Section ‘Slowing down of the Earth’ of the Wikipedia article Leap second has the following paragraphs:

A mathematical model of the variations in the length of the solar day was developed by F. R. Stephenson and L. V. Morrison, based on records of eclipses for the period 700 BCE to 1623 CE, telescopic observations of occultations for the period 1623 until 1967 and atomic clocks thereafter. The model shows a steady increase of the mean solar day by 1.70 ms (± 0.05 ms) per century, plus a periodic shift of about 4 ms amplitude and period of about 1,500 yr. Over the last few centuries, rate of lengthening of the mean solar day has been about 1.4 ms per century, being the sum of the periodic component and the overall rate.

It is a mistake, however, to consider leap seconds as indicators of a slowing of Earth's rotation rate; they are indicators of the accumulated difference between atomic time and time measured by Earth rotation. The plot at the top of this section shows that in 1972 the average length of day was approximately 86400.003 seconds and in 2016 it was approximately 86400.001 seconds, indicating an overall increase in Earth's rotation rate over that time period. Positive leap seconds were inserted during that time because the annual average length of day remained greater than 86400 SI seconds, not because of any slowing of Earth's rotation rate.

So it seems that, at least over the last half century, Earth’s rotation is speeding up. Why am I seeing everywhere on the Web articles claiming that Earth’s rotation is slowing down?


1 Answer 1


There are few competing processes regarding Earth's rotation. The major two are

  1. Tidal friction - Moon and Sun tides keep transferring angular momentum from the Earth's rotation into the orbital rotation of the Moon and the Earth, respectively. The process is very slow and detectable only long-term. This slows down the rotation.

  2. The mass of the Earth migrating towards the center. This constantly happens as substances in more or less liquid parts of the Earth segregate by density and the Earth as a whole cooling down and shrinking. This effect speeds up the rotation as it decreases the Earth's moment of inertia.

In general, the first effect prevails. On the other hand, the second effect is not really gradual. There are major earthquakes that cause rapid shifts of the moment of inertia down and the angular velocity up. That's why slowing down is not exactly monotonic.

  • $\begingroup$ Expanding this further, since creating a planet is outside our current technological capabilities, the only thing we can really do is observe its behavior. We most likely do not have the full picture of all the forces in play. $\endgroup$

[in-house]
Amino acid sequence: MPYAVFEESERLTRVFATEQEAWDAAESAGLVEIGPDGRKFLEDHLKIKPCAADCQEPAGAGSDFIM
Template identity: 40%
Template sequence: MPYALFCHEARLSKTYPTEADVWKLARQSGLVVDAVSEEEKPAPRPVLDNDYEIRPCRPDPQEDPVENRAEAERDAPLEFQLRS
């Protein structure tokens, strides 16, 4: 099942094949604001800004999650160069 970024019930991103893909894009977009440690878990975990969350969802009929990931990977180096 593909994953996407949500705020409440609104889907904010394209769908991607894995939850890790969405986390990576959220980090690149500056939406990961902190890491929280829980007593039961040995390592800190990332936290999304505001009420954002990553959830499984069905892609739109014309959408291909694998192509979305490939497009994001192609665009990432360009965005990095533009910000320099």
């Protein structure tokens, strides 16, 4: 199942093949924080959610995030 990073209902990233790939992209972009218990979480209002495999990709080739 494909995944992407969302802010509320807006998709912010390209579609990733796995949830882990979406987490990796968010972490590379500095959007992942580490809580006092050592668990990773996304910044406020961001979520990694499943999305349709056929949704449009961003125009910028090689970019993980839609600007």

– Nelson
    Commented Jun 3, 2021 at 2:03
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    $\begingroup$ As an interesting aside, pulsars (rapidly rotating neutron stars that emit pulses of radio waves) can suddenly increase their frequency. This is believed to be due to collapse of material towards the core, reducing the moment of inertia. It's called a starquake! $\endgroup$ Commented Jun 3, 2021 at 7:47
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    $\begingroup$ @OscarBravo I was thinking of the pulsars myself. The difference is, the pulsar primary slowing down mechanism is not tides - unless there is another pulsar in pretty much close proximity. The "starquake" term is derived from our earthquakes because of the similar result. $\endgroup$
    – fraxinus
    Commented Jun 3, 2021 at 7:59
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    $\begingroup$ The main mechanism of pulsars slowing down is considered magnetic. There is unknown contribution of gravitational waves, as pulsar models suggest they are inhomogenous enough (by density). The rate of this slowdown is pretty much measurable for new, milisecond-period pulsars. $\endgroup$
    – fraxinus
    Commented Jun 3, 2021 at 9:19
  • 1
    $\begingroup$ @Maggyero about the Moon: yes, it is locked and will not slow down further, except by staying locked when its orbital period increases. And yes, the plot shows exactly this. $\endgroup$
    – fraxinus
    Commented Jun 5, 2021 at 11:57

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